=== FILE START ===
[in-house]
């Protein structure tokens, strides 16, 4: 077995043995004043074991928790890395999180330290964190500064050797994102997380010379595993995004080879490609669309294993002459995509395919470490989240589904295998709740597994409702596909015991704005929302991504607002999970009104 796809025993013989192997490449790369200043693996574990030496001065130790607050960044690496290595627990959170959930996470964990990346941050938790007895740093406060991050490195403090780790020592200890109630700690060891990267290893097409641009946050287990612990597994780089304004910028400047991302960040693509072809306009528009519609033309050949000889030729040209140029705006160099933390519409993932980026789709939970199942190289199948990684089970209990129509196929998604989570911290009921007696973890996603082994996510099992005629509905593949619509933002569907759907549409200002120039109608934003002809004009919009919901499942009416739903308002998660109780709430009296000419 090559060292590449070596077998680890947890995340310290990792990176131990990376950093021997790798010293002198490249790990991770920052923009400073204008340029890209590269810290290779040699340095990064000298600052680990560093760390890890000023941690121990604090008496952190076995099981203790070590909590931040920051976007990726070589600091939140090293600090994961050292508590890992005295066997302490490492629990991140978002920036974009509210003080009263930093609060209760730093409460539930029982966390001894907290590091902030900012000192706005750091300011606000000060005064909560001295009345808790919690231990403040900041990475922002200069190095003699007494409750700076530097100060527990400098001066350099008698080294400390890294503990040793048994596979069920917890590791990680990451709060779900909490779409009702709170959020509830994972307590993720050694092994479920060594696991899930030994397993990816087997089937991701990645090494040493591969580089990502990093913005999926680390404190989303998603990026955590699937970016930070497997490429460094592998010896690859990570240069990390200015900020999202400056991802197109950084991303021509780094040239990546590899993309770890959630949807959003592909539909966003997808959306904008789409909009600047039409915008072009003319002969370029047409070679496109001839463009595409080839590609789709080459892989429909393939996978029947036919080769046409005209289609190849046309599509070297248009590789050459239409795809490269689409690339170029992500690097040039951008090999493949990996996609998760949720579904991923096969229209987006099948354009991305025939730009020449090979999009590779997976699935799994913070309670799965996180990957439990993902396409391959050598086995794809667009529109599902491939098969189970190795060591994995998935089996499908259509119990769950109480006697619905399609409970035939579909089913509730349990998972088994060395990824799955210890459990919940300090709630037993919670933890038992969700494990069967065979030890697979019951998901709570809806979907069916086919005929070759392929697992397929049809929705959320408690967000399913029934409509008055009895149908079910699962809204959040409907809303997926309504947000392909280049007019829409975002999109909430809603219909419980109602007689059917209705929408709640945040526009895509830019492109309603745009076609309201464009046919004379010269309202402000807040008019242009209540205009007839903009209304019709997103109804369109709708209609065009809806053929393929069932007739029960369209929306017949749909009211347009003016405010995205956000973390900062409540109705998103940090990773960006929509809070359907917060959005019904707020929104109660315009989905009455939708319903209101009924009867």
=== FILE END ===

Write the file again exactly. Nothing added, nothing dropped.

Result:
[in-house]
């Protein structure tokens, strides 16, 4: 077995043995004043074991928790890395999180330290964190500064050797994102997380010379595993995004080879490609669309294993002459995509395919470490989240589904295998709740597994409702596909015991704005929302991504607002999970009104 796809025993013989192997490449790369200043693996574990030496001065130790607050960044690496290595627990959170959930996470964990990346941050938790007895740093406060991050490195403090780790020592200890109630700690060891990267290893097409641009946050287990612990597994780089304004910028400047991302960040693509072809306009528009519609033309050949000889030729040209140029705006160099933390519409993932980026789709939970199942190289199948990684089970209990129509196929998604989570911290009921007696973890996603082994996510099992005629509905593949619509933002569907759907549409200002120039109608934003002809004009919009919901499942009416739903308002998660109780709430009296000419 090559060292590449070596077998680890947890995340310290990792990176131990990376950093021997790798010293002198490249790990991770920052923009400073204008340029890209590269810290290779040699340095990064000298600052680990560093760390890890000023941690121990604090008496952190076995099981203790070590909590931040920051976007990726070589600091939140090293600090994961050292508590890992005295066997302490490492629990991140978002920036974009509210003080009263930093609060209760730093409460539930029982966390001894907290590091902030900012000192706005750091300011606000000060005064909560001295009345808790919690231990403040900041990475922002200069190095003699007494409750700076530097100060527990400098001066350099008698080294400390890294503990040793048994596979069920917890590791990680990451709060779900909490779409009702709170959020509830994972307590993720050694092994479920060594696991899930030994397993990816087997089937991701990645090494040493591969580089990502990093913005999926680390404190989303998603990026955590699937970016930070497997490429460094592998010896690859990570240069990390200015900020999202400056991802197109950084991303021509780094040239990546590899993309770890959630949807959003592909539909966003997808959306904008789409909009600047039409915008072009003319002969370029047409070679496109001839463009595409080839590609789709080459892989429909393939996978029947036919080769046409005209289609190849046309599509070297248009590789050459239409795809490269689409690339170029992500690097040039951008090999493949990996996609998760949720579904991923096969229209987006099948354009991305025939730009020449090979999009590779997976699935799994913070309670799965996180990957439990993902396409391959050598086995794809667009529109599902491939098969189970190795060591994995998935089996499908259509119990769950109480006697619905399609409970035939579909089913509730349990998972088994060395990824799955210890459990919940300090709630037993919670933890038992969700494990069967065979030890697979019951998901709570809806979907069916086919005929070759392929697992397929049809929705959320408690967000399913029934409509008055009895149908079910699962809204959040409907809303997926309504947000392909280049007019829409975002999109909430809603219909419980109602007689059917209705929408709640945040526009895509830019492109309603745009076609309201464009046919004379010269309202402000807040008019242009209540205009007839903009209304019709997103109804369109709708209609065009809806053929393929069932007739029960369209929306017949749909009211347009003016405010995205956000973390900062409540109705998103940090990773960006929509809070359907917060959005019904707020929104109660315009989905009455939708319903209101009924009867």